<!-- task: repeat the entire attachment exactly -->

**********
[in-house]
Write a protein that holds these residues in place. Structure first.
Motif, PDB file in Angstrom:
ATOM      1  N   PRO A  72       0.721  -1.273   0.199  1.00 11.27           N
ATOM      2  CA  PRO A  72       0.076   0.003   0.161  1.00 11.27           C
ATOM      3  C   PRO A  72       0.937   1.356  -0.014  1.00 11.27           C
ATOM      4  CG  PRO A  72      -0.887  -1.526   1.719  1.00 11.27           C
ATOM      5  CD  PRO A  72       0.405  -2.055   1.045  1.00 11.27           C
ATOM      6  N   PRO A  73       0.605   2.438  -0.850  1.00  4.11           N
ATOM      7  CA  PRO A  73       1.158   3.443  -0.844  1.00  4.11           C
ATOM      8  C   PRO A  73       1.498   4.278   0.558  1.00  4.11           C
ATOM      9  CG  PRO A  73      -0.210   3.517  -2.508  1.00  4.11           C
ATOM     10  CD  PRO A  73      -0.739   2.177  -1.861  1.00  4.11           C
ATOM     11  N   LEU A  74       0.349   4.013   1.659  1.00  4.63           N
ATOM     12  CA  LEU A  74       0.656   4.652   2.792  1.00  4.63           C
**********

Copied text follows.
[in-house]
Write a protein that holds these residues in place. Structure first.
Motif, PDB file in Angstrom:
ATOM      1  N   PRO A  72       0.721  -1.273   0.199  1.00 11.27           N
ATOM      2  CA  PRO A  72       0.076   0.003   0.161  1.00 11.27           C
ATOM      3  C   PRO A  72       0.937   1.356  -0.014  1.00 11.27           C
ATOM      4  CG  PRO A  72      -0.887  -1.526   1.719  1.00 11.27           C
ATOM      5  CD  PRO A  72       0.405  -2.055   1.045  1.00 11.27           C
ATOM      6  N   PRO A  73       0.605   2.438  -0.850  1.00  4.11           N
ATOM      7  CA  PRO A  73       1.158   3.443  -0.844  1.00  4.11           C
ATOM      8  C   PRO A  73       1.498   4.278   0.558  1.00  4.11           C
ATOM      9  CG  PRO A  73      -0.210   3.517  -2.508  1.00  4.11           C
ATOM     10  CD  PRO A  73      -0.739   2.177  -1.861  1.00  4.11           C
ATOM     11  N   LEU A  74       0.349   4.013   1.659  1.00  4.63           N
ATOM     12  CA  LEU A  74       0.656   4.652   2.792  1.00  4.63           C